News Release 

Diabetes nearly double for Japanese-Americans

The study compares non-obese Japanese-Americans with non-obese, non-Hispanic white adults

University of Toronto

Victoria, B.C. & Toronto, Ont. -- A new study found that Japanese-American adults who are not obese have a much higher prevalence of diabetes than non-obese non-Hispanic white Americans (8.0% vs. 4.5%). The study was conducted by researchers at the University of Victoria, University of Toronto, and University at Albany, SUNY.

"In this study of non-obese adults, Japanese Americans had twice the odds of diabetes compared to non-Hispanic whites, and this difference remained even after adjustments were made for known risk factors of diabetes including age, sex, income, education and health behaviors," stated lead author Karen Kobayashi, Associate Dean Research and Graduate Studies in the Faculty of Social Sciences, professor in the Department of Sociology and a research affiliate at the Institute on Aging and Lifelong Health at the University of Victoria.

"Among non-obese Japanese Americans, younger respondents, never smokers and those with a post-secondary degree were less likely to have diabetes. Those born abroad had a comparable prevalence of diabetes to Japanese-Americans born in the United States. In contrast to our expectations, gender, poverty status and exercise were not associated with the prevalence of diabetes, once age was taken into account," reported co-author Keith Tsz-Kit Chan, assistant professor, School of Social Welfare, University at Albany, SUNY.

"Older age was a particularly strong risk factor for diabetes. One-quarter of non-obese Japanese Americans aged 80 and older had diabetes," reported co-author Adity Roy, a graduate of the University of Toronto.

"Although Japanese-Americans and white Americans with diabetes were equally likely to receive foot exams and hemoglobin A1C checks, both groups would benefit from targeted outreach because more than one-quarter of respondents had not received these treatments at an optimal frequency in the preceding year," stated co-author Mushira Mohsin Khan, a doctoral student in the Department of Sociology and a research affiliate at the Institute on Aging and Lifelong Health at the University of Victoria.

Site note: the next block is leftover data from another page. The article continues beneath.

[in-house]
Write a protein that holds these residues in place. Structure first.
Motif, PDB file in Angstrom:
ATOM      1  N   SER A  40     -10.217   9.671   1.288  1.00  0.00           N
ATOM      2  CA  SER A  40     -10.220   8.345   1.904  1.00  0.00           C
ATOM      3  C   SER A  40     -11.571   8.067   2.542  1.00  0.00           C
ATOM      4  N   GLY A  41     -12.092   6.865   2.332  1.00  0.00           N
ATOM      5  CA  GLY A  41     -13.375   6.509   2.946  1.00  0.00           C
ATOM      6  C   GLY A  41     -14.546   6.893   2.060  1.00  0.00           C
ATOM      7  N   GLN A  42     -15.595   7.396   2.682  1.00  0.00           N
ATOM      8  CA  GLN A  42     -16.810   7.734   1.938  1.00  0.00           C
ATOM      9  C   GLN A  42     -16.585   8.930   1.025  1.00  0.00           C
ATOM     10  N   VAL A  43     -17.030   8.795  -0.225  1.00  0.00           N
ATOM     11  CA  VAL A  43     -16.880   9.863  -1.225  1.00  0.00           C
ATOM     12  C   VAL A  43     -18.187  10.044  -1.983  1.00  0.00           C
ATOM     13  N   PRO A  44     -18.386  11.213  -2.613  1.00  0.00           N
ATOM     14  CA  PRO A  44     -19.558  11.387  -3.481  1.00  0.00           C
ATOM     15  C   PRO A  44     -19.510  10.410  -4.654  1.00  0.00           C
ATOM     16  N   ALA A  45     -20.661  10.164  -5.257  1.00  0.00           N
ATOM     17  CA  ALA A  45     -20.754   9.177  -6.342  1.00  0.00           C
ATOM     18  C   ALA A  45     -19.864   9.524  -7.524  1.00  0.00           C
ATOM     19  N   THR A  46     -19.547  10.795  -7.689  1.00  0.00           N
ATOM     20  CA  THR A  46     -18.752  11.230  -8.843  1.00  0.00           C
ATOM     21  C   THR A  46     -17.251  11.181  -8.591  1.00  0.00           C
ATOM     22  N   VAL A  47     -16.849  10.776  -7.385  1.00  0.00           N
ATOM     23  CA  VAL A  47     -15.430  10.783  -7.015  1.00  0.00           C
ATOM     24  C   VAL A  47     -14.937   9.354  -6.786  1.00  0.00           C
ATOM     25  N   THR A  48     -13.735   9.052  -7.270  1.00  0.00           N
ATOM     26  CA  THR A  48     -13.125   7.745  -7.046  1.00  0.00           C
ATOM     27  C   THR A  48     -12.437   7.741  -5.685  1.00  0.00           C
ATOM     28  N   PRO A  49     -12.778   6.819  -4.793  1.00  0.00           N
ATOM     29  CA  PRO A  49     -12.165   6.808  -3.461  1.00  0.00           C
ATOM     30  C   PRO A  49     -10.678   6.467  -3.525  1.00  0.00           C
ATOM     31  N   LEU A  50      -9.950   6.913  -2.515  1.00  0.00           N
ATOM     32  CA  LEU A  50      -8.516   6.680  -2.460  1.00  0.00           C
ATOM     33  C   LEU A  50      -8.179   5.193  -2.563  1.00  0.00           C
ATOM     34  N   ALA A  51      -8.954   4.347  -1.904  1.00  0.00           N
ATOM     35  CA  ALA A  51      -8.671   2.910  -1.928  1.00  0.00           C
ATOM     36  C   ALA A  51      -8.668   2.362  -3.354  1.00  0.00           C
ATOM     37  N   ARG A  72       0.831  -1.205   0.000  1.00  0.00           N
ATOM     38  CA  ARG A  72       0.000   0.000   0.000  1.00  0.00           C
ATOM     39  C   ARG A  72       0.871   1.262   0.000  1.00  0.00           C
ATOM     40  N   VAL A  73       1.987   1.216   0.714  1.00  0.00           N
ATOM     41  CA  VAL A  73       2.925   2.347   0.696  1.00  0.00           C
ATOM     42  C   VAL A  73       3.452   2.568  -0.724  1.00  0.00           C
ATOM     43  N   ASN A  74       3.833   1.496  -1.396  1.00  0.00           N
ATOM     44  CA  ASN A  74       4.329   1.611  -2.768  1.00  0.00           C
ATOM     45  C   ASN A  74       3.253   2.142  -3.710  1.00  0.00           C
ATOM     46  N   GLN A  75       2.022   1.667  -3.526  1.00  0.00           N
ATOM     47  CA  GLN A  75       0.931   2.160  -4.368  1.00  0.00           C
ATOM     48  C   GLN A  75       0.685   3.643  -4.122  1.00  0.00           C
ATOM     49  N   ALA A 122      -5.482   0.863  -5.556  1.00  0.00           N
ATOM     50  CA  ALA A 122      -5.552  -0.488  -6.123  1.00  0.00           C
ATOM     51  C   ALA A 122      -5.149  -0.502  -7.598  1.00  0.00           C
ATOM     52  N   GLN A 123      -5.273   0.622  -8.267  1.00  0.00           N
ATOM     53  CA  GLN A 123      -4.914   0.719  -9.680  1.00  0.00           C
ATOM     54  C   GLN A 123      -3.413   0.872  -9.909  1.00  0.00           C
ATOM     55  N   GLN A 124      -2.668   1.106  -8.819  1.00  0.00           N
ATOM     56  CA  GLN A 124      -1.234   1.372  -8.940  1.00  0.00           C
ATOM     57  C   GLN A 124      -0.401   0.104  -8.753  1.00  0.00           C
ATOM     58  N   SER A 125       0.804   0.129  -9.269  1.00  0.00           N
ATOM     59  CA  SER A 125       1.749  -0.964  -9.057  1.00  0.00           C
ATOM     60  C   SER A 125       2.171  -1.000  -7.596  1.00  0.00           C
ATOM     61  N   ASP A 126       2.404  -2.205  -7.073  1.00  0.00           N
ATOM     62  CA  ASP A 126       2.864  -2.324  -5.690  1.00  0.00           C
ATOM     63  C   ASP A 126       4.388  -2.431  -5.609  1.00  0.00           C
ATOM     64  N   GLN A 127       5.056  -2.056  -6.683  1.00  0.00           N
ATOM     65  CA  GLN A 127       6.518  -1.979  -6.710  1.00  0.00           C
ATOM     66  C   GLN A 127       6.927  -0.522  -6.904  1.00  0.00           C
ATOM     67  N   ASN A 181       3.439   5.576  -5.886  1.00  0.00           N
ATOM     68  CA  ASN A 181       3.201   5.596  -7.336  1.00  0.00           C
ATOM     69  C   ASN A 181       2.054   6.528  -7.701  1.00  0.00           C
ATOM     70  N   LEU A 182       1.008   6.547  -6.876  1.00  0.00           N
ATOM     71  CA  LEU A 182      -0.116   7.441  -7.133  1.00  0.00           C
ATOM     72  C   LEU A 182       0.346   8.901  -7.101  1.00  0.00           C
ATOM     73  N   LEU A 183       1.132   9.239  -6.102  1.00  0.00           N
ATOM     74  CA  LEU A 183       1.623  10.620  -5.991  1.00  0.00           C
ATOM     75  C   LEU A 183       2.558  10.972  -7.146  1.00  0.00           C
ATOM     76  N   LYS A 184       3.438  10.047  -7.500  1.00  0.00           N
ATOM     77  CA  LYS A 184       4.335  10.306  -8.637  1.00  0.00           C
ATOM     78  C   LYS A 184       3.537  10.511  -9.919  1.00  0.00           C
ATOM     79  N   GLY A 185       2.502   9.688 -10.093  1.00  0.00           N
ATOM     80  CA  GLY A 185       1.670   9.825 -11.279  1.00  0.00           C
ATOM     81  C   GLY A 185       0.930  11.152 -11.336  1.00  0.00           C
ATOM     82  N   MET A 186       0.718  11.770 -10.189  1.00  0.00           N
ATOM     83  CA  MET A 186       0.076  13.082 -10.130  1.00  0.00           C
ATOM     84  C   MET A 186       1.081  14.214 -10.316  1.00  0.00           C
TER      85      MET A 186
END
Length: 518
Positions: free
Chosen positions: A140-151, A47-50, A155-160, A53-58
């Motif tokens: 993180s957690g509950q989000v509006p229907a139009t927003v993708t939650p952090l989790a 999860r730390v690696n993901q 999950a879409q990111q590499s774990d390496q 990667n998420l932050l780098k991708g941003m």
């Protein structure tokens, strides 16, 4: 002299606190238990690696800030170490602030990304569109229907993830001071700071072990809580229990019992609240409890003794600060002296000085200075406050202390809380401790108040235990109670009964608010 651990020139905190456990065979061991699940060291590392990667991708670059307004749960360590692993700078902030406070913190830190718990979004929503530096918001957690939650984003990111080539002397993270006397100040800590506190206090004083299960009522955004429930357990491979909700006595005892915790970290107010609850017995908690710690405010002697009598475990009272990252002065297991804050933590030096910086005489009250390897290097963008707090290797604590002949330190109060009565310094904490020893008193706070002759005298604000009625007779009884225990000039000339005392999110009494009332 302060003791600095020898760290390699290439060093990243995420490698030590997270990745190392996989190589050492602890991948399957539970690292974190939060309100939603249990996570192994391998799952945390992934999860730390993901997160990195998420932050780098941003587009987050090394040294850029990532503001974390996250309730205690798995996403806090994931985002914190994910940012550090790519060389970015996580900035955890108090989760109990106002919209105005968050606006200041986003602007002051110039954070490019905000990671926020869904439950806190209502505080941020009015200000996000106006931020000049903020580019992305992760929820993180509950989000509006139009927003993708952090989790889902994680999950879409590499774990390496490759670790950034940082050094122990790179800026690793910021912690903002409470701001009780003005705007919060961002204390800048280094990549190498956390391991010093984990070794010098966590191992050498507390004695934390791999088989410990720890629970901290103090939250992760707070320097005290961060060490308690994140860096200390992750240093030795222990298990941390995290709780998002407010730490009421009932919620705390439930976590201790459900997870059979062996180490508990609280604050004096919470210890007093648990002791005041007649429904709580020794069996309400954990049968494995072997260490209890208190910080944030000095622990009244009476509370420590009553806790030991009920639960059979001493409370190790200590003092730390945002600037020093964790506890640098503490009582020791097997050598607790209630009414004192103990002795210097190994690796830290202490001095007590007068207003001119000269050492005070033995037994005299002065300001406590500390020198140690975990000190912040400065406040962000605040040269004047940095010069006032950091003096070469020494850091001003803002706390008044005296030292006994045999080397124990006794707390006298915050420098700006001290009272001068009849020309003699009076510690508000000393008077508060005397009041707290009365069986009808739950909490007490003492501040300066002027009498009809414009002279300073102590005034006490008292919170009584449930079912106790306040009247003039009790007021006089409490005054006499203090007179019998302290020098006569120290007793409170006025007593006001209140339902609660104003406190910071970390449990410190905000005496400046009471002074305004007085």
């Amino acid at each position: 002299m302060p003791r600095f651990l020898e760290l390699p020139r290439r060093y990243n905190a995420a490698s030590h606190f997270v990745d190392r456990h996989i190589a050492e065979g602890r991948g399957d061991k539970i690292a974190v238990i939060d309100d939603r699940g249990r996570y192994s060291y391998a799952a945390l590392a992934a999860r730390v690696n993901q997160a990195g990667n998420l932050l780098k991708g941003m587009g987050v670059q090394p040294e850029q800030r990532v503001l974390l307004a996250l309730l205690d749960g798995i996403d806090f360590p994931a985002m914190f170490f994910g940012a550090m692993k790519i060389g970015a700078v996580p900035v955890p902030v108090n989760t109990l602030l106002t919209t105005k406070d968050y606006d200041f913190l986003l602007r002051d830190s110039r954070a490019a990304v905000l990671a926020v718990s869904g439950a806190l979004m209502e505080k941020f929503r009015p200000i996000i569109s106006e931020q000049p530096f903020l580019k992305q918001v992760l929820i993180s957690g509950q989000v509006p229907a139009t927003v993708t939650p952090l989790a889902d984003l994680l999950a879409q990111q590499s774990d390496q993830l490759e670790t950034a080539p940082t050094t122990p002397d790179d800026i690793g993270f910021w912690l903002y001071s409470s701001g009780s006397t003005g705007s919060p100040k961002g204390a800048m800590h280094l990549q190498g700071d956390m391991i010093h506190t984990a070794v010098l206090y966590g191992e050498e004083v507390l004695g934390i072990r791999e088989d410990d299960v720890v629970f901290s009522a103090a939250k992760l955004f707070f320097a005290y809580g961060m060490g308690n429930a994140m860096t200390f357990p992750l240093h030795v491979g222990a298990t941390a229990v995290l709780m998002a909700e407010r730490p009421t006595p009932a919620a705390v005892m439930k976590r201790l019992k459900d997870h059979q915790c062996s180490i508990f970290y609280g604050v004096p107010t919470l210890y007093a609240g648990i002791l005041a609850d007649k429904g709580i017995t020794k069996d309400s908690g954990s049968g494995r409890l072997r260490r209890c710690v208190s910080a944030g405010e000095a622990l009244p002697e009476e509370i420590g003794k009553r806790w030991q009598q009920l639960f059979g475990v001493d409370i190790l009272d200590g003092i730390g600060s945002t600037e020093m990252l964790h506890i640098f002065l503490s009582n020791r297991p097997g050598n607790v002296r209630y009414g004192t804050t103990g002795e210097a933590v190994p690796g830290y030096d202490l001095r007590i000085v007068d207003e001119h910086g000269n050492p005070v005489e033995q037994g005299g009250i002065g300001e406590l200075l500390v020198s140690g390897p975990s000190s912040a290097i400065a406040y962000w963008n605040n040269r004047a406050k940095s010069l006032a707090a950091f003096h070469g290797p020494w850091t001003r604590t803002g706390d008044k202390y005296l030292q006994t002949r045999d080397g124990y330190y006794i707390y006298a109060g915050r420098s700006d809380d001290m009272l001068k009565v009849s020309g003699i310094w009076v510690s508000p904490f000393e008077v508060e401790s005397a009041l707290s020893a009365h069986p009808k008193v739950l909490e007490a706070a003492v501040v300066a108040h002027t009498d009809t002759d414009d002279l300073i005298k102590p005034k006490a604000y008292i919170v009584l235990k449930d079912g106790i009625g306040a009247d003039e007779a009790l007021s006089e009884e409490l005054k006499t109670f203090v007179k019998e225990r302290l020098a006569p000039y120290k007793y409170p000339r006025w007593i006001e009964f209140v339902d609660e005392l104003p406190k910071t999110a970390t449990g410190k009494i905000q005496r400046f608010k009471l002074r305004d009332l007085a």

"Since two-thirds of Japanese-Americans with diabetes were not obese, it is clearly important that family doctors and other health-care professionals regularly screen their Japanese-American patients for diabetes, even if they are not overweight and they have no known risk factors for diabetes," said co-author professor Esme Fuller-Thomson, Sandra Rotman Endowed Chair at the University of Toronto's Factor-Inwentash Faculty of Social Work and Director of the Institute for Life Course & Aging.

The study examined a representative sample of community-dwelling Californians aged 18 and older from seven combined waves of the California Health Interview Survey (CHIS) conducted between 2007 and 2016. The study sample was restricted to Japanese Americans (n = 2,295) and non-Hispanic whites (n = 119,651) who were non-obese, defined as having a body mass index (BMI) of less than 30.

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The paper was published online in Advances in Preventive Medicine at https://www.hindawi.com/journals/apm/2019/3650649

For interviews please contact lead author, Karen Kobayashi, kmkobay@uvic.ca or +1 250 721 7574 or Esme Fuller-Thomson, esme.fuller.thomson@utoronto.ca or 416 209-3231.

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